With World War II came new, often secret roles for the Treasury and Mint Bureau. Saudi Gold and other Tales from the Mint describes how they became lenders of war materials, international coin producers, and unexpected sources of foreign aid designed to improve America's war efforts. The Department of State seemed, at times, to use the Mint Bureau as its own adjunct; bypassing a Congress reluctant to take a long view of international relations.
World War II produced the greatest single disruption of human activity ever experienced. The rise of large-scale totalitarianism, weapons of unimaginable destructive capability, and economic distortion forced Great Britain, the United States and their allies to take extraordinary measures to make the world safe for democracy.
Central to this was securing the cooperation of allies and non-aligned states for raw materials, overflight permission, and advance base logistics planning. Our title, Saudi Gold and other Tales from the Mint, focuses on one of many events involving manufacture of coinage, lend-lease arrangements and, especially on relations between the Kingdom of Saudi Arabia and the United States. This was one of personal kindness, connection and respect between President Roosevelt and King Abdulaziz bin Abdul Rahman Al Saud. America's diplomatic goal was not oil – we were self-sufficient – but access to a transportation base for troops required for the expected invasion of Japan. The gold discs which coin collectors associate with Saudi Arabia were only incidental, but after decades of confusion we present what actually happened.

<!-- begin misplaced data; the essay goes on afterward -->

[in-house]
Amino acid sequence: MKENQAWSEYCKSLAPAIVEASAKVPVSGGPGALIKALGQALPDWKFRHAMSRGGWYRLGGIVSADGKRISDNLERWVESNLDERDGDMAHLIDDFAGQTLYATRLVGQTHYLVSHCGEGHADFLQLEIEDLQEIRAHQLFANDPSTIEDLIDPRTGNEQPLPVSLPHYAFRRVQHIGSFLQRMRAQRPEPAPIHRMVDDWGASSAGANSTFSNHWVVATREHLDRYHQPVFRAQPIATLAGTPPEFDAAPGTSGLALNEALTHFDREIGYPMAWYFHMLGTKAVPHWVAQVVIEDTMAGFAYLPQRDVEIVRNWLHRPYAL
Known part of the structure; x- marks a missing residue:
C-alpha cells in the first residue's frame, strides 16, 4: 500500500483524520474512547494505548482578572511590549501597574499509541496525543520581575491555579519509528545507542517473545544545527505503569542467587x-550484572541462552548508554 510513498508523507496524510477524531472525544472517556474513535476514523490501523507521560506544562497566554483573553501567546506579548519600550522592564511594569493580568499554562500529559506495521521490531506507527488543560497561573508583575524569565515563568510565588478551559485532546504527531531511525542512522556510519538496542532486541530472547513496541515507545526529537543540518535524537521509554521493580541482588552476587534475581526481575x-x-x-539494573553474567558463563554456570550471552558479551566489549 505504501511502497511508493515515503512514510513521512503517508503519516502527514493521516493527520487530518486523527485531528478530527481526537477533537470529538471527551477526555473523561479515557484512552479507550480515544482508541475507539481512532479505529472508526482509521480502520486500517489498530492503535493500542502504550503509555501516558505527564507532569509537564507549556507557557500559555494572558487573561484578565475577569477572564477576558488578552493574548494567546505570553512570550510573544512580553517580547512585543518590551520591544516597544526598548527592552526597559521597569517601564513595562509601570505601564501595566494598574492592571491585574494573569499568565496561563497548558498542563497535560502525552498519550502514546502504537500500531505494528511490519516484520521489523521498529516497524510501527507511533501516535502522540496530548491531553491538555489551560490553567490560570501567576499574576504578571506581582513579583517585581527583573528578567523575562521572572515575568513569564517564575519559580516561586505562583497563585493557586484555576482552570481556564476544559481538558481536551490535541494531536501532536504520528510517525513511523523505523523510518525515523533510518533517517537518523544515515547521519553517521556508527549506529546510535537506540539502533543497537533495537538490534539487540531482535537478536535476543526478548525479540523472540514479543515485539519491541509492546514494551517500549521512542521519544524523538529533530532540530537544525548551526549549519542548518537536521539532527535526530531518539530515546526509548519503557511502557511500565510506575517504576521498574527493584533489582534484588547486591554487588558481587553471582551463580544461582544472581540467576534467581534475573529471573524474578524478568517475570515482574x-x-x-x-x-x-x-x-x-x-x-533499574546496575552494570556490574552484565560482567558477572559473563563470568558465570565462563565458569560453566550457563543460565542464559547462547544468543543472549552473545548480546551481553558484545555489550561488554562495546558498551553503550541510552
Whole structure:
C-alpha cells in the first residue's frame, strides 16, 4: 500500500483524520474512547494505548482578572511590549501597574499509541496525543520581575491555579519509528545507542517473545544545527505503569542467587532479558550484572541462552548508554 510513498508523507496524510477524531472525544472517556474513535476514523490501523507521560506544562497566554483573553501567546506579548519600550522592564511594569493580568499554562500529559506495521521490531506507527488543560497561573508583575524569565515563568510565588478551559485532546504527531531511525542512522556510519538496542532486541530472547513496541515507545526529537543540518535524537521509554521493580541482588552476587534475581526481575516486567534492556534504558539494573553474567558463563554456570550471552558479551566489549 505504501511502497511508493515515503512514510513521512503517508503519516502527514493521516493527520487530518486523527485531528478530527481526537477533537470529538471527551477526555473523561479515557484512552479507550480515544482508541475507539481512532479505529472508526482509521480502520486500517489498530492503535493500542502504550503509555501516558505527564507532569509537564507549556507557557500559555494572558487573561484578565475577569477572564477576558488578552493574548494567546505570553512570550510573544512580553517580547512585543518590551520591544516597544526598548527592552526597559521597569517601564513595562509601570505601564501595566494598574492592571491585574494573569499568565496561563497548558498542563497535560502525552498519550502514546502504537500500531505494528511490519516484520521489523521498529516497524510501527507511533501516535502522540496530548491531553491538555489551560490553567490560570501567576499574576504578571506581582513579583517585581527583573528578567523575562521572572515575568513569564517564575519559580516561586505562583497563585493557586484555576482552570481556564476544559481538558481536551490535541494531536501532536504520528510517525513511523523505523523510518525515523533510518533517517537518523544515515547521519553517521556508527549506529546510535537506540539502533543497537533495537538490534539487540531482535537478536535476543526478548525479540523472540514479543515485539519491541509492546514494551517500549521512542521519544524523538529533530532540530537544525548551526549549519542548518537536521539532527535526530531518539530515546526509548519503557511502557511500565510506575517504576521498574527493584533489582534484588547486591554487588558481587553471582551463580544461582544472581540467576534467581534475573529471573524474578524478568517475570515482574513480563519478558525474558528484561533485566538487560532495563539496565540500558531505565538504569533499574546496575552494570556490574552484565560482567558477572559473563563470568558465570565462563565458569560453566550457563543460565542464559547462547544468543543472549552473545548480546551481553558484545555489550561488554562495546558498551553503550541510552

We close with examination of two of our most iconic coins. The first, honors the wartime President who led with courage and commitment. The second recognized a man who held no great political office, but became a revered American national philosopher.